If this is the case, you’ve got two options: visit the site from a computer, or make the site think you’re visiting from a computer so you can get the full desktop version. The first solution is pretty self-evident, so let’s look at how to do the second.

On iOS, hold down the refresh button. After a moment, a menu will appear at the bottom of the screen. Tap, Request Desktop Site. Safari will refresh the page and pretend that it’s actually the macOS version of Safari.

In Chrome on Android (or Chrome on iOS, if you use it), tap Chrome’s menu and check the “Request Desktop Site” box.

 

While tricking a site into thinking you’re visiting from a computer can work, you might still have some of the other problems on this list. The design might be awkward to use with a small touch screen, and the site could still use outdated technologies like Flash.

Over-Aggressive Ad Blockers and Content Blockers Can Break Some Sites

On my iPhone, I use a content blocker to stop sites from loading too many ads and external resources, especially JavaScript. It’s one thing to let them load when you’re on a computer with a high speed internet connection, but if you’re travelling, or even just browsing the internet with your smartphone over 3G, all those extra resources can chew through your data cap and bandwidth.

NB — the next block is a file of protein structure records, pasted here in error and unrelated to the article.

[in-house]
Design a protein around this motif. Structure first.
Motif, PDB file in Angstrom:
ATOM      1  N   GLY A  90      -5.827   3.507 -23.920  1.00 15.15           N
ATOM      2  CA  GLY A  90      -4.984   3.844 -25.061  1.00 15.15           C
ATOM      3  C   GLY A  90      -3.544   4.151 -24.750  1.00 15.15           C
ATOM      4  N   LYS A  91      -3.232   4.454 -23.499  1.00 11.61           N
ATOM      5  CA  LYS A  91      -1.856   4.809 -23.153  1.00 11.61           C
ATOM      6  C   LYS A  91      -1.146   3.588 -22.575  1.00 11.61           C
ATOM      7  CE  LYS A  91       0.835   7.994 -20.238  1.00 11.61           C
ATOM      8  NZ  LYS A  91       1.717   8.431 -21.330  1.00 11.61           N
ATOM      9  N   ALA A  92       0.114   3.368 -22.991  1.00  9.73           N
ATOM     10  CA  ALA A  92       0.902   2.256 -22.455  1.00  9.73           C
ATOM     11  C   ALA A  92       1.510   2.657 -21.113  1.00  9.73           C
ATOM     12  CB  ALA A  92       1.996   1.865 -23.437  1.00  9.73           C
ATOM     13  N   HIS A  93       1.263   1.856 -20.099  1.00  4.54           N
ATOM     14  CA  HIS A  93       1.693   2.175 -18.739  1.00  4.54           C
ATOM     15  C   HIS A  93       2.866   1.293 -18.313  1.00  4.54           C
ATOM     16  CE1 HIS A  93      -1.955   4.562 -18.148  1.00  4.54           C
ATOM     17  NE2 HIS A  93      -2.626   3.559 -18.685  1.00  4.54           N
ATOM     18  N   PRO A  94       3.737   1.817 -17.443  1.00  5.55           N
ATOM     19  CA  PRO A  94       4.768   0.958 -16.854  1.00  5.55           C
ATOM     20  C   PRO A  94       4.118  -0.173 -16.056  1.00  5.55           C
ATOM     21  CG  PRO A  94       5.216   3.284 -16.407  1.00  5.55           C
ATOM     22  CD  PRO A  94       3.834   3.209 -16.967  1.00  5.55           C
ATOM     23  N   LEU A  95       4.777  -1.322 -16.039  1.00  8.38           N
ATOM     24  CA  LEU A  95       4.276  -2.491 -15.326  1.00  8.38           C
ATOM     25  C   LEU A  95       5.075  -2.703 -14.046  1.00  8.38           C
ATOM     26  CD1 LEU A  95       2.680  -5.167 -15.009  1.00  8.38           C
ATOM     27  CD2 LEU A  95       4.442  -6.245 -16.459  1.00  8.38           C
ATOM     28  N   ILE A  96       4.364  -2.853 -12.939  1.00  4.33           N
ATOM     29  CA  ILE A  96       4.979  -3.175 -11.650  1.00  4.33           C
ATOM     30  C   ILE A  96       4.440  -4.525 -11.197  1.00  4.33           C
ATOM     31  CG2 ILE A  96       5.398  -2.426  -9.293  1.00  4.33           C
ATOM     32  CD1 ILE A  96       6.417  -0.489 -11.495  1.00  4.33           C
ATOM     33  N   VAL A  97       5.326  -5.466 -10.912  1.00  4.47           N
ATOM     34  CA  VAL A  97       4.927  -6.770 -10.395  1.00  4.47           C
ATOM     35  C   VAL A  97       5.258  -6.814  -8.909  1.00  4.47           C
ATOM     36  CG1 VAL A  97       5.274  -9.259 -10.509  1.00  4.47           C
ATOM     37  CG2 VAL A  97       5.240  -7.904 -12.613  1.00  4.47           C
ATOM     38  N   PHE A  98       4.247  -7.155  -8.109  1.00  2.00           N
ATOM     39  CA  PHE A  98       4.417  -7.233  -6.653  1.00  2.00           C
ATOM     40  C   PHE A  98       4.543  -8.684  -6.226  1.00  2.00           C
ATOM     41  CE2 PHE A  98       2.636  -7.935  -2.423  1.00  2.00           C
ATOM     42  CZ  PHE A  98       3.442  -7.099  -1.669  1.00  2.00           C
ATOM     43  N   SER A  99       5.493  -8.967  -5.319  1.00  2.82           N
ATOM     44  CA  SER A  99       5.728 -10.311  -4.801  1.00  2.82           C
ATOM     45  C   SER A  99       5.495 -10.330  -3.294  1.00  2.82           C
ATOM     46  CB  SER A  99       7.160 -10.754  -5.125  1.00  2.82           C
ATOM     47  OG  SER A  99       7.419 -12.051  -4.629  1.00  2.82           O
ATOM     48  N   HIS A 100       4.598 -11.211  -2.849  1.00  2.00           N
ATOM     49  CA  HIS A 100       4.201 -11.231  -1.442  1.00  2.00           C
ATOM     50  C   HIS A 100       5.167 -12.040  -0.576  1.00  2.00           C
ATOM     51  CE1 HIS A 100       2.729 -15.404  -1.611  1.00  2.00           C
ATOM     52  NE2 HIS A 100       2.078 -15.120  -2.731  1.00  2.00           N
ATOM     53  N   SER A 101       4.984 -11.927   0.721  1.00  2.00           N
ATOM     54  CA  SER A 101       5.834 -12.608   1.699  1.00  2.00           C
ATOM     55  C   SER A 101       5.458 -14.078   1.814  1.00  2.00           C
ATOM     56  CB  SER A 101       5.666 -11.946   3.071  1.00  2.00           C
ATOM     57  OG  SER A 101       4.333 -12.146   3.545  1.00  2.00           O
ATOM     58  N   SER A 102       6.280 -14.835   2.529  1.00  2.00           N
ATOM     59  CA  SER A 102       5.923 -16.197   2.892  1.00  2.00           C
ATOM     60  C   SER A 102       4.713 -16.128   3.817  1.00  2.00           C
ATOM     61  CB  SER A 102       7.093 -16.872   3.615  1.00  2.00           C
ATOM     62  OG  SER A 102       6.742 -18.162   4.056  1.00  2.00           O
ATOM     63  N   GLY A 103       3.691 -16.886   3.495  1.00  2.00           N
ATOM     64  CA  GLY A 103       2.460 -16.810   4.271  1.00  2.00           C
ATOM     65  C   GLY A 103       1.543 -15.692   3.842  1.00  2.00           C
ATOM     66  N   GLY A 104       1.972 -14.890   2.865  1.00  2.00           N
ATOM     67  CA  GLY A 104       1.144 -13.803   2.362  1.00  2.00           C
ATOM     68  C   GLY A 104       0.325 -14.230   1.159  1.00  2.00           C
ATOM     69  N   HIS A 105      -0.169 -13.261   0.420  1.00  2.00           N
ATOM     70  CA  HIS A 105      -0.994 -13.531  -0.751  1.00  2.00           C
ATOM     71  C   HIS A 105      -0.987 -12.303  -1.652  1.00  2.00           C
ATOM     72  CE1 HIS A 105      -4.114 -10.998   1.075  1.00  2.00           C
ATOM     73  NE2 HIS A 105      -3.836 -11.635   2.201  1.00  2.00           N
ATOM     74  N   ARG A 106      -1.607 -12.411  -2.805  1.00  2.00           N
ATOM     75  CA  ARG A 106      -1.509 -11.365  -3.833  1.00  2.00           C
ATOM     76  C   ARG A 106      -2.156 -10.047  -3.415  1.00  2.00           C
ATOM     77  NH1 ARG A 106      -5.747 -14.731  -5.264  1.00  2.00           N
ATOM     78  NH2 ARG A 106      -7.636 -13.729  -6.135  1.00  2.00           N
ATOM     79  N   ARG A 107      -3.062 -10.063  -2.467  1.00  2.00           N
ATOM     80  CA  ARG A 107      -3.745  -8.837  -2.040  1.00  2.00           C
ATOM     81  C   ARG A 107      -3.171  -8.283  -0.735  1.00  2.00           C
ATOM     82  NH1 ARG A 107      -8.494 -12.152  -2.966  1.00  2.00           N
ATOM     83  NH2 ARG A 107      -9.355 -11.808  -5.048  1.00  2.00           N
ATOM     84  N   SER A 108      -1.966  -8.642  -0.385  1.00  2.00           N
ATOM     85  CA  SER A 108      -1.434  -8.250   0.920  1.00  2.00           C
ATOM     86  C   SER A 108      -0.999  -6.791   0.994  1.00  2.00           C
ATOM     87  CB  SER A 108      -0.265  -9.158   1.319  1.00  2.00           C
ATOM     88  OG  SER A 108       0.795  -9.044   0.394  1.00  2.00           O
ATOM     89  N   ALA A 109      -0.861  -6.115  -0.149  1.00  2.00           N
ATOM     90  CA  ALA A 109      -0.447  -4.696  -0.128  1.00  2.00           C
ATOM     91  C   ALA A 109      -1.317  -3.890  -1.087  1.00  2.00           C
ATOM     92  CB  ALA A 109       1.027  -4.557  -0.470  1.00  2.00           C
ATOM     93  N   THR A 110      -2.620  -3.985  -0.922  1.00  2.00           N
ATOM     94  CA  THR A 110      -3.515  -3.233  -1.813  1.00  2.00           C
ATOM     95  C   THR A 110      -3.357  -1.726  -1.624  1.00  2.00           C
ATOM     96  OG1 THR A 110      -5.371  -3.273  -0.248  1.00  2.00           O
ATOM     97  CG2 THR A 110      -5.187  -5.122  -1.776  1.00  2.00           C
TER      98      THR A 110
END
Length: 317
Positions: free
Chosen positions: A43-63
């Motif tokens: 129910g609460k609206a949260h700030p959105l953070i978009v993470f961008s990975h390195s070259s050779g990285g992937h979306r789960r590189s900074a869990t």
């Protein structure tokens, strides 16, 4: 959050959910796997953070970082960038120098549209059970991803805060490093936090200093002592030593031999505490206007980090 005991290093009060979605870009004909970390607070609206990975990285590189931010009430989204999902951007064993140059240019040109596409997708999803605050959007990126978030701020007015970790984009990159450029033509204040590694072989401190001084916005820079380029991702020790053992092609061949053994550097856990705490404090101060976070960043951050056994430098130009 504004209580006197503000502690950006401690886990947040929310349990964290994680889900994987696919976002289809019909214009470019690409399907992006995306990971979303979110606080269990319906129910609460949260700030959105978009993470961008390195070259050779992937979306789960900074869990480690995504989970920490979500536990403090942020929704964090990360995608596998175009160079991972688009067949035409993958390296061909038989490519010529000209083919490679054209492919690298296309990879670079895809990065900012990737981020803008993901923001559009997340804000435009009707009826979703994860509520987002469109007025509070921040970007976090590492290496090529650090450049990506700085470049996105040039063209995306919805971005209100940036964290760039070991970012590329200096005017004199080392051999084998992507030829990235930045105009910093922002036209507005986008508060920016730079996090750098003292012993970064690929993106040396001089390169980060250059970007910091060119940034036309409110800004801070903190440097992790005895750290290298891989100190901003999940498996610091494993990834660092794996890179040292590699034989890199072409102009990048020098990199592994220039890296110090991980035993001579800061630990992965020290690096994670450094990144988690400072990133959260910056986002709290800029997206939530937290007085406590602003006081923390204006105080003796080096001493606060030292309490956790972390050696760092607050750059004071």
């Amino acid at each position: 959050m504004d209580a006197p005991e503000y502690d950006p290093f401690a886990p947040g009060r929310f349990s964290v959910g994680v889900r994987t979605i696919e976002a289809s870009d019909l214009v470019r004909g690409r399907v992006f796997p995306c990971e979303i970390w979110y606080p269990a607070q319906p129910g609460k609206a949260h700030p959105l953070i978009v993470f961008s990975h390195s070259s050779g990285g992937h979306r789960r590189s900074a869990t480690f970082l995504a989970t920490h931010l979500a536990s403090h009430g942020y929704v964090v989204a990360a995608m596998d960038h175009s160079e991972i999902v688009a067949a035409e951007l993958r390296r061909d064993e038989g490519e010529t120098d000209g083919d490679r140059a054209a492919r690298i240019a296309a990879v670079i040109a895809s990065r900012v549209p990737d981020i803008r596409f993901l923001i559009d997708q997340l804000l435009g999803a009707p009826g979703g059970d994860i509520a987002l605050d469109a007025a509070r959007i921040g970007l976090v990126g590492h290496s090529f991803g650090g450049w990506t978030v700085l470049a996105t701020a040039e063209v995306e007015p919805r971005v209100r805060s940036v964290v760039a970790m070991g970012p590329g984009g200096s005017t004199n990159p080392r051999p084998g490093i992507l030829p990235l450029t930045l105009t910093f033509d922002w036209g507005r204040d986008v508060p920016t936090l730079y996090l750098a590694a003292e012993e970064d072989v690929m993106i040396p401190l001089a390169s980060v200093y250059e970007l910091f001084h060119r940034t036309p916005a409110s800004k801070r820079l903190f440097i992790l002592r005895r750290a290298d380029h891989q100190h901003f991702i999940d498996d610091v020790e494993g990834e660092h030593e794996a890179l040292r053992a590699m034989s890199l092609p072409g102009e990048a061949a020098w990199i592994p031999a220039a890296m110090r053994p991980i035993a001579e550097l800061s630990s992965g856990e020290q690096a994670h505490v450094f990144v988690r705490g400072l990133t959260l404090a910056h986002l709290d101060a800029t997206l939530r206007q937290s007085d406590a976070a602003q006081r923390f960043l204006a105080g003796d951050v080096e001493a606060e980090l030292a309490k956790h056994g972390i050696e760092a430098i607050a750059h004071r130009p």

99% of the time, websites load absolutely fine without the extra resources; they tend to be things like tracking cookies and comment sections. Very occasionally, however, the content blocker I use will cause some crucial function to break. I’ve had the most problems with news sites that require you to log in with Facebook or Twitter to see the rest of an article.

Since this problem lies with your smartphone, it’s simple to fix: you just need to reload the website without content blockers.

On iOS, hold down the refresh page button until the menu pops up. Tap, Reload Without Content Blockers and the page will refresh without them. Now you should be good to go.

Android doesn’t have content blockers built into the operating system like iPhones do, but if you’re using an ad blocking app, try turning it off whenever you see a site is having problems.


Almost ten years after the iPhone launched, the web is still not always a smartphone friendly place. When it’s Flash sites or unresponsive websites that are causing problems, there’s not a lot you can do. When it’s an over-aggressive content blocker, however, at least you can fix the problem yourself.

Harry Guinness writes occasionally when he’s not busy skiing, sailing, partying, lifting weights, or otherwise dodging responsibility. His main areas of interest are himself, gin, and crazy people with interesting stories to tell. When people won’t pay him to write ill-thought-out opinion pieces, he covers photography, technology, and culture. You can follow him on Twitter.

  • Published 03/31/17